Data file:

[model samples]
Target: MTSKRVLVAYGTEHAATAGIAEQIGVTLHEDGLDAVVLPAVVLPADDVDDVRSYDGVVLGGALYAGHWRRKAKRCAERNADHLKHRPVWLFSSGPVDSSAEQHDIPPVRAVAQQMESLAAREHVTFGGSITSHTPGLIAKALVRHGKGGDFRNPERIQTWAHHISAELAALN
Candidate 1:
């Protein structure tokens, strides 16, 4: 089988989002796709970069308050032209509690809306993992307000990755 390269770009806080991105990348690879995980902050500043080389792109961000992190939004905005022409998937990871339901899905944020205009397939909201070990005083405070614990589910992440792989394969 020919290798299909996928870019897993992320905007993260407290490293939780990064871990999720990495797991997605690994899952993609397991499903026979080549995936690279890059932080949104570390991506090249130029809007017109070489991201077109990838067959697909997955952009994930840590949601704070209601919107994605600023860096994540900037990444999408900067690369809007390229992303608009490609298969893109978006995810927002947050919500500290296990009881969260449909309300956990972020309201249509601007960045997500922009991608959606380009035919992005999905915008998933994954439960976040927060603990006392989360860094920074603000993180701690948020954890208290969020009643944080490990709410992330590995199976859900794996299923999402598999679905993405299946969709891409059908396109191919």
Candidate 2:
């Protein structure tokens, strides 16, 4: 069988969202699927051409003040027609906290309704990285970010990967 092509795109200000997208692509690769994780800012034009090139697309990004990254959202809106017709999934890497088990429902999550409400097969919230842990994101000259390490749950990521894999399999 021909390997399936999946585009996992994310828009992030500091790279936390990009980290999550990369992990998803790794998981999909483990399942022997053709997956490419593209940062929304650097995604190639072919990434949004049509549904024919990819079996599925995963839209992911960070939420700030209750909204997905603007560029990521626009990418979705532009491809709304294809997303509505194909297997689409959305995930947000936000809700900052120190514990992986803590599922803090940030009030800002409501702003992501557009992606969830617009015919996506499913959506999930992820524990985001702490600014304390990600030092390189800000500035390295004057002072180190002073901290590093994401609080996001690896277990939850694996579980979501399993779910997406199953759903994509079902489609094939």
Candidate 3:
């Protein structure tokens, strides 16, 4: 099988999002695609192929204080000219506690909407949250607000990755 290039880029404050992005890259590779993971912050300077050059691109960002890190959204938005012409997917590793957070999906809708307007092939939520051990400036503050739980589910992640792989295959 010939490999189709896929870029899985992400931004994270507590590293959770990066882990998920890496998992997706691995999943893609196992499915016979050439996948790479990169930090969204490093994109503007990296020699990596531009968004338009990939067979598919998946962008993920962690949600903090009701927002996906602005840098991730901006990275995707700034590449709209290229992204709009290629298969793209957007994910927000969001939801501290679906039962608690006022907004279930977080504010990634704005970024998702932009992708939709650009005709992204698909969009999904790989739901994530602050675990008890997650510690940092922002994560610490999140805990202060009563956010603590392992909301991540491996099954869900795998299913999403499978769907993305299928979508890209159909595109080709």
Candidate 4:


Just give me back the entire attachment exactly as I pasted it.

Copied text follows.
[model samples]
Target: MTSKRVLVAYGTEHAATAGIAEQIGVTLHEDGLDAVVLPAVVLPADDVDDVRSYDGVVLGGALYAGHWRRKAKRCAERNADHLKHRPVWLFSSGPVDSSAEQHDIPPVRAVAQQMESLAAREHVTFGGSITSHTPGLIAKALVRHGKGGDFRNPERIQTWAHHISAELAALN
Candidate 1:
């Protein structure tokens, strides 16, 4: 089988989002796709970069308050032209509690809306993992307000990755 390269770009806080991105990348690879995980902050500043080389792109961000992190939004905005022409998937990871339901899905944020205009397939909201070990005083405070614990589910992440792989394969 020919290798299909996928870019897993992320905007993260407290490293939780990064871990999720990495797991997605690994899952993609397991499903026979080549995936690279890059932080949104570390991506090249130029809007017109070489991201077109990838067959697909997955952009994930840590949601704070209601919107994605600023860096994540900037990444999408900067690369809007390229992303608009490609298969893109978006995810927002947050919500500290296990009881969260449909309300956990972020309201249509601007960045997500922009991608959606380009035919992005999905915008998933994954439960976040927060603990006392989360860094920074603000993180701690948020954890208290969020009643944080490990709410992330590995199976859900794996299923999402598999679905993405299946969709891409059908396109191919």
Candidate 2:
């Protein structure tokens, strides 16, 4: 069988969202699927051409003040027609906290309704990285970010990967 092509795109200000997208692509690769994780800012034009090139697309990004990254959202809106017709999934890497088990429902999550409400097969919230842990994101000259390490749950990521894999399999 021909390997399936999946585009996992994310828009992030500091790279936390990009980290999550990369992990998803790794998981999909483990399942022997053709997956490419593209940062929304650097995604190639072919990434949004049509549904024919990819079996599925995963839209992911960070939420700030209750909204997905603007560029990521626009990418979705532009491809709304294809997303509505194909297997689409959305995930947000936000809700900052120190514990992986803590599922803090940030009030800002409501702003992501557009992606969830617009015919996506499913959506999930992820524990985001702490600014304390990600030092390189800000500035390295004057002072180190002073901290590093994401609080996001690896277990939850694996579980979501399993779910997406199953759903994509079902489609094939």
Candidate 3:
């Protein structure tokens, strides 16, 4: 099988999002695609192929204080000219506690909407949250607000990755 290039880029404050992005890259590779993971912050300077050059691109960002890190959204938005012409997917590793957070999906809708307007092939939520051990400036503050739980589910992640792989295959 010939490999189709896929870029899985992400931004994270507590590293959770990066882990998920890496998992997706691995999943893609196992499915016979050439996948790479990169930090969204490093994109503007990296020699990596531009968004338009990939067979598919998946962008993920962690949600903090009701927002996906602005840098991730901006990275995707700034590449709209290229992204709009290629298969793209957007994910927000969001939801501290679906039962608690006022907004279930977080504010990634704005970024998702932009992708939709650009005709992204698909969009999904790989739901994530602050675990008890997650510690940092922002994560610490999140805990202060009563956010603590392992909301991540491996099954869900795998299913999403499978769907993305299928979508890209159909595109080709």
Candidate 4: